Planet Zoo is the zoo creation simulator we’ve been waiting for since the last Zoo Tycoon, combining a fully-fledged animal acquisition and management platform with a deep business maintenance simulation. With a deep campaign and a well-crafted online or offline zoo creation simulator, it allows you to create the zoos you want to create without being obtuse. It offers seemingly infinite possibilities in its design for your zoos, though it never borders on being overwhelming, which makes it great for both creators and animal lovers. Building on the successes of Planet Coaster, Planet Zoo creates a zoo simulator that successfully honors and improves the legacy that Zoo Tycoon created to bring the genre into a new era.
Planet Zoo gives you full control over the creation, improvement, and long-term management of zoos that can be located in a variety of different settings and contain hundreds of different animals. While starting off can be a bit of a slow process, as it is in many games in the sim genre, Planet Zoo offers you the option of starting from scratch on your own personal zoo or jumping into the campaign, where you’ll have guidance and some structure for your zoo-building endeavors.
The campaign walks you through every detail you’ll need to know for your zoos in a clear and easy to learn way that seamlessly teaches you the complicated process of maintaining and building the zoos. While the guides that tell you what you’ll need to do next can get a bit long-winded, it offers a lot of content throughout its twelve main missions that will put you through each step of the zoo simulation process and expose you to all different types of animals and environments.
“Running the business works very similarly to how it did in Planet Coaster, though some of the more frustrating aspects have been improved.”
Once you’ve completed the campaign, or you just want to expand outside the campaign’s structure, you can build your own zoo from scratch, which you can do either online or offline. It’s a nice touch that the online experience is not required, though it does offer nice benefits like animal trading and the ability to visit other players’ zoos. As you’re building your zoos, your effort will be split between making sure your zoo is running as a successful business for its guests and acquiring, maintaining, and releasing your animals.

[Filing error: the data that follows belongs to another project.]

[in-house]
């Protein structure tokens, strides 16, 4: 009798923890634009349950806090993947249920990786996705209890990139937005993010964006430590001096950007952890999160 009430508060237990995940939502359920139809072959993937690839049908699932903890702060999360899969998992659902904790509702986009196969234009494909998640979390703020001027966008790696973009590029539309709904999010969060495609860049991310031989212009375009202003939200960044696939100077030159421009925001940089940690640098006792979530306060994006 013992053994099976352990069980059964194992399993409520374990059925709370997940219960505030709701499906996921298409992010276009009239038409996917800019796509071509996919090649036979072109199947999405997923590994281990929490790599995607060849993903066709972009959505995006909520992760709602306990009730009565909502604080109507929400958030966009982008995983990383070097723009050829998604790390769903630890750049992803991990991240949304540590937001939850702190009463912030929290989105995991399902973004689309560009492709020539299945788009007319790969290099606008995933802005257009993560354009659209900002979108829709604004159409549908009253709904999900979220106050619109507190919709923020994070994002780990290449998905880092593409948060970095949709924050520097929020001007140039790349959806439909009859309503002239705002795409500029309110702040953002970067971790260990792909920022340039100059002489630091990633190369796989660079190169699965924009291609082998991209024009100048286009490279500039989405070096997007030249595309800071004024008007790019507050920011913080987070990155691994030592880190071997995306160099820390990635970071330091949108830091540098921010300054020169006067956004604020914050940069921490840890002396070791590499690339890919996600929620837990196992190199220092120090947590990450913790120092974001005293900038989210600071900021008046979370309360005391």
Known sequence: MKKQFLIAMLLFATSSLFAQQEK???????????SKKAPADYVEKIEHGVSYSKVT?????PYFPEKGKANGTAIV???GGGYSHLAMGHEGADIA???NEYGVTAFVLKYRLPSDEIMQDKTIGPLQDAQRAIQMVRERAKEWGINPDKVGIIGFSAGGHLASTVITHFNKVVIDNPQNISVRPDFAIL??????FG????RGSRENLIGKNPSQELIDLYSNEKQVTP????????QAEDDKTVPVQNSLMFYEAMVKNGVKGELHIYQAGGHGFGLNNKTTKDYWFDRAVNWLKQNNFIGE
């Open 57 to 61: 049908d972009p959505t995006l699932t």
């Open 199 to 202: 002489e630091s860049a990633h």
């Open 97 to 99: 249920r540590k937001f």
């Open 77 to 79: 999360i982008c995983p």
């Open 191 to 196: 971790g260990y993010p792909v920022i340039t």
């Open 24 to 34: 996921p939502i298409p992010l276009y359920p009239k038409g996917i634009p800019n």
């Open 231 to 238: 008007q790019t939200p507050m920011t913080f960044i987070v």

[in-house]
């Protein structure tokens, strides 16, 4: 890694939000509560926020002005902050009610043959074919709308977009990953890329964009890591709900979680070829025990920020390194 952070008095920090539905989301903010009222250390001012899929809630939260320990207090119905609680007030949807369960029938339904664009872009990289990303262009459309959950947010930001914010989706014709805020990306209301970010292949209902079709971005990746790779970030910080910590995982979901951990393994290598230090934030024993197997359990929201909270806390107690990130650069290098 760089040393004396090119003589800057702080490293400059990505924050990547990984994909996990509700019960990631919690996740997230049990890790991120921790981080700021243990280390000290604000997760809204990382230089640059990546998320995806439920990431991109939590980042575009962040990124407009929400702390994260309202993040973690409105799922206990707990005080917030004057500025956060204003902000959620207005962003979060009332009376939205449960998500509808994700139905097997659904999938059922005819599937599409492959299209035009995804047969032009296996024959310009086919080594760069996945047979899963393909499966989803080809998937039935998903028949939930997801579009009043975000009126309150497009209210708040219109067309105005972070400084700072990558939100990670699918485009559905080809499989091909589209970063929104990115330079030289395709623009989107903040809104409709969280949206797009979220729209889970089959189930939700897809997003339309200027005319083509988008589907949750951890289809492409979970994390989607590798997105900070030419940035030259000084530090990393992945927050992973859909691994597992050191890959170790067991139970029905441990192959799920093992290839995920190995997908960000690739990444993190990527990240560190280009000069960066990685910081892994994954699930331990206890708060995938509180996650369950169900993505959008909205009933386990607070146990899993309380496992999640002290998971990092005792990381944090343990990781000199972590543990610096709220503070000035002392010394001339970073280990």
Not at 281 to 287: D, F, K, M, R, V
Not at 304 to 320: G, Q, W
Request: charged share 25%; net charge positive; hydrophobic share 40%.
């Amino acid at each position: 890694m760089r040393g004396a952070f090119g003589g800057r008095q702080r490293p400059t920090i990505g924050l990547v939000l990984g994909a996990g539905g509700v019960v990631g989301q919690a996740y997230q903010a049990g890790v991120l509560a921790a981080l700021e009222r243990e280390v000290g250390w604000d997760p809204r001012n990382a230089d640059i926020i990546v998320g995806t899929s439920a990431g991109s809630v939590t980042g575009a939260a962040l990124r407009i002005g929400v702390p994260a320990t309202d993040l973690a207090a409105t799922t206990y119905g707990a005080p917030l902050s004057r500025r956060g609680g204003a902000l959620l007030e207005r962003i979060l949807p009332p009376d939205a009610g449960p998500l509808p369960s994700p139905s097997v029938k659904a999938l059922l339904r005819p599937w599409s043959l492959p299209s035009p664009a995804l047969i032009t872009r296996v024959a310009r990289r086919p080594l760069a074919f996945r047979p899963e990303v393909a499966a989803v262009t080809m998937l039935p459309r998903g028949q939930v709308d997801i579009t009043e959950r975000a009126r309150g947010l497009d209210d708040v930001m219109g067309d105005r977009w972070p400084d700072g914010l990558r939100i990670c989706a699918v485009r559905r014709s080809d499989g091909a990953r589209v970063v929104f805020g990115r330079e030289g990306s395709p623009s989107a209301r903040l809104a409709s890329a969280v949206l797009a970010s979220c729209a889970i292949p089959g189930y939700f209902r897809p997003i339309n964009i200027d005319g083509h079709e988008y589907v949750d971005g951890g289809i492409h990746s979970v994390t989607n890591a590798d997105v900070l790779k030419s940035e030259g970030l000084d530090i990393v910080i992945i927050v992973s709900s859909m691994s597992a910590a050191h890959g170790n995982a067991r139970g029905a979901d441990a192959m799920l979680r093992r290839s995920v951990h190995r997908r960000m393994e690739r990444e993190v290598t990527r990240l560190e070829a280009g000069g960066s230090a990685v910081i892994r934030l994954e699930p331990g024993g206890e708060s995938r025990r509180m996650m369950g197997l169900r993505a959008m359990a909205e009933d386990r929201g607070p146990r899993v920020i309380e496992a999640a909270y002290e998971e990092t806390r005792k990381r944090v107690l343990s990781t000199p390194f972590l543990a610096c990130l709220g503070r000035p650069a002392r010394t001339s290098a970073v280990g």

Running the business works very similarly to how it did in Planet Coaster, though some of the more frustrating aspects have been improved. Your goal is to bring as many guests into the zoo as possible and either make enough money to just keep going or make as much money as possible, depending on your personal motivations.
Animal habitats and exhibits are obviously the most important part of guest satisfaction, so you’ll be tasked with making your zoo have the best combination of animals so that guests will have enough to see but won’t be overwhelmed. Alongside this, your guests will want to be educated and fed, so they want to be able to go to food and drink shops and info stands and listen to educational factoids about a specific animal they’re viewing. Some highly desirable animals will bring in enough guests to sustain you in the short-term, but if you can’t nail the customer experience, your guests will start to leave.
The game is well-balanced on this front, though some of it is a little boiled down. While your expenses, such as the ones you’ll pay to your staff or the taxes on your property, will obviously increase as you play, the game doesn’t want to punish you for focusing more on the animals than on the business. The amount that guests will leave decreases significantly slower, even with terrible zoo conditions, than the amount in which guests increase with, say, a big new animal or facility.
And, unlike reality, when it comes to staff members like security guards, though lacking them can allow for some protests, it won’t have a big enough impact on your business until you’ve grown significantly to warrant hiring. With that said, getting your zoo to run like a well-oiled machine is as satisfying as ever, and maintaining it is never as much of a chore as it could have been.